Sierra Foothills Amateur Radio Club

 

 


Paul - KB6NYB SK #obit

Dennis - WU6X
 

Good Afternoon Everybody,

 

It is with regret that I must inform you Paul Alford, KB6NYB, passed away yesterday, Monday, September 30th.

 

Paul was a long time member of the Sierra Foothills ARC and a good friend of the Club.  He will be sorely missed.

 

Paul, rest in peace and our collective condolences to your family.

 

73

Orion Endres, AI6JB

President

Sierra Foothills Amateur Radio Club

 

 

Re: New (old?) meaning to spark gap

Jef - N5JEF
 

Jim -

Thanks for sharing this.  Awesome, and en-lightning.

Highlights the reason why I don't want an antenna with low takeoff angle when I'm working the west coast via NVIS.  There's a _lot_ of noise out there on those plains.

- Jef

On Fri, Sep 27, 2019 at 11:58 AM Jim - N6MED <n6medjim@...> wrote:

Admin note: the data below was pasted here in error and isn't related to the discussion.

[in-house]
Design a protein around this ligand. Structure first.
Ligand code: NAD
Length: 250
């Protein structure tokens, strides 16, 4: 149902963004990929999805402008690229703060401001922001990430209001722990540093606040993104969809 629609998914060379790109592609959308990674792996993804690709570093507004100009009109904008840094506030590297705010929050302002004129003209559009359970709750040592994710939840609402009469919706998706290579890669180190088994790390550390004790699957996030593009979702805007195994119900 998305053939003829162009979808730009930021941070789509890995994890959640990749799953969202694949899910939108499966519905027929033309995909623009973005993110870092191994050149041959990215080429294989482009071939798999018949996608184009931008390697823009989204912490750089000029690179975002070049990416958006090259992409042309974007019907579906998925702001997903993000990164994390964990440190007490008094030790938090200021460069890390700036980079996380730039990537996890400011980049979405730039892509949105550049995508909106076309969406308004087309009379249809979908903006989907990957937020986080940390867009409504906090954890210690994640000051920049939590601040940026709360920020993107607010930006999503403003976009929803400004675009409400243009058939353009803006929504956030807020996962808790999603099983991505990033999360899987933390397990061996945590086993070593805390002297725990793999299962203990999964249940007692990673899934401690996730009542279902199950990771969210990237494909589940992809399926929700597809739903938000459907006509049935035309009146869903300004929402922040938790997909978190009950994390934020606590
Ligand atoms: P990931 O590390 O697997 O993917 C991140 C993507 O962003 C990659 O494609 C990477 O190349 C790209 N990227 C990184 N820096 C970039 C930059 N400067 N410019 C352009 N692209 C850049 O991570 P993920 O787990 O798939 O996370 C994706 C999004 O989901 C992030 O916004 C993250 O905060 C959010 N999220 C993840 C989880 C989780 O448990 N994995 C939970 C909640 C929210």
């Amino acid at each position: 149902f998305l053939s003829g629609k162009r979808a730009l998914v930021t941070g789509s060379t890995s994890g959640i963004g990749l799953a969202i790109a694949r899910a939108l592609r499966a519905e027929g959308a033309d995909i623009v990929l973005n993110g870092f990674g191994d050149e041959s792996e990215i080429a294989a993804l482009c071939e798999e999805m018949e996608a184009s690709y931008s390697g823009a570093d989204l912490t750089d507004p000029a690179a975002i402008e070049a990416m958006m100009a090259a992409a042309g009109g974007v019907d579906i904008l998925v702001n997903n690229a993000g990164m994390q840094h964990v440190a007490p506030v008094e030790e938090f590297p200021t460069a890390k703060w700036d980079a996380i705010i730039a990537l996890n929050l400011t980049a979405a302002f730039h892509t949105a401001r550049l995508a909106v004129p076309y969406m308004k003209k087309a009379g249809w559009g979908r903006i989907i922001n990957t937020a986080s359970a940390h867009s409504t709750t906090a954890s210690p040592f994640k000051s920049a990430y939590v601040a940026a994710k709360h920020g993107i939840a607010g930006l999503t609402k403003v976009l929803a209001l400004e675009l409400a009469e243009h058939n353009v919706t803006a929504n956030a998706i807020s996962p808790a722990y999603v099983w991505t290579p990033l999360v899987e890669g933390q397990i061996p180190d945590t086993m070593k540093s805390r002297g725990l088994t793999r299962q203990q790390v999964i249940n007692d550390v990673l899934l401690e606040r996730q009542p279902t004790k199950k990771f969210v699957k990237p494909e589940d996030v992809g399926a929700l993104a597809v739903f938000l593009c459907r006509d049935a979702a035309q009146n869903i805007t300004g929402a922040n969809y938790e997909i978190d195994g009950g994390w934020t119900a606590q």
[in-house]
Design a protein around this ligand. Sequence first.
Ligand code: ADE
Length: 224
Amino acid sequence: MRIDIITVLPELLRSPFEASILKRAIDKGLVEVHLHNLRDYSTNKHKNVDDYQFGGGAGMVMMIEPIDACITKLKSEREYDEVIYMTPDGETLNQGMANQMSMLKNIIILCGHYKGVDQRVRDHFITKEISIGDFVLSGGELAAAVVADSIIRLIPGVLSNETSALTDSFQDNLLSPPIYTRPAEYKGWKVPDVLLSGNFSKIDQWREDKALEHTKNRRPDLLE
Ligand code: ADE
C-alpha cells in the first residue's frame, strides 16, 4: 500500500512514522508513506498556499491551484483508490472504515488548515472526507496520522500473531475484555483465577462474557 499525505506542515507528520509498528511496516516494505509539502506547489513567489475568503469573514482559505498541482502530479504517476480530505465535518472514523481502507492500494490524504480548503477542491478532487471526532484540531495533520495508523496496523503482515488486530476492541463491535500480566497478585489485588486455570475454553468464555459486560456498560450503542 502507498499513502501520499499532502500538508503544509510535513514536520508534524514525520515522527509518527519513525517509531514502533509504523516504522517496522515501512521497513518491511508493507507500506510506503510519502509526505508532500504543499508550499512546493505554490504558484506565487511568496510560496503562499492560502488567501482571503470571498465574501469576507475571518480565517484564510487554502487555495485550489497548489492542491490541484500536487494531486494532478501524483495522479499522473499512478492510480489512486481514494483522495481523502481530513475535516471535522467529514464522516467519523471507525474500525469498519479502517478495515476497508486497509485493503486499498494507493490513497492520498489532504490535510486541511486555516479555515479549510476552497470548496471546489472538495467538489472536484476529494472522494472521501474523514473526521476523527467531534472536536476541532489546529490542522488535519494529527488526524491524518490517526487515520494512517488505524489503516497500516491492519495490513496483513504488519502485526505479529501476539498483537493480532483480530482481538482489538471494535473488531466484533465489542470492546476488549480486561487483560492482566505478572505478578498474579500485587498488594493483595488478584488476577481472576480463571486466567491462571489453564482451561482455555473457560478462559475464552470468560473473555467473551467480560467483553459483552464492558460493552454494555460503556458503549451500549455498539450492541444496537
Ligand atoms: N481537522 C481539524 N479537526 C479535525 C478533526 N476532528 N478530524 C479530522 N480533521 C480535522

Awesome doesn't begin to describe this
3-min video of sources for potential
radio propagation interference!

https://www.youtube.com/watch?v=tq1mxZZIuIY

-- Jim / n6med




New (old?) meaning to spark gap

Jim - N6MED
 

Awesome doesn't begin to describe this 3-min video of sources for potential radio propagation interference!

https://www.youtube.com/watch?v=tq1mxZZIuIY

-- Jim / n6med

Re: Great way to take down your tower

Greg D
 

Yikes, that was a close call for the building!  I can't believe they unhooked it by hand...

Greg  KO6TH




NORFOLK, VA:  The salty ocean breeze that blows past the antenna tower of WJOI Radio in Virginia finally won. Standing valiantly beside the sea since 1973, the corrosion finally compromised, and engineers told the owner that they had no choice but to let it topple into Chesapeake Bay. Demolition happened Saturday, September 14th. 

Great way to take down your tower

carl.wf6j@gmail.com
 



NORFOLK, VA:  The salty ocean breeze that blows past the antenna tower of WJOI Radio in Virginia finally won. Standing valiantly beside the sea since 1973, the corrosion finally compromised, and engineers told the owner that they had no choice but to let it topple into Chesapeake Bay. Demolition happened Saturday, September 14th.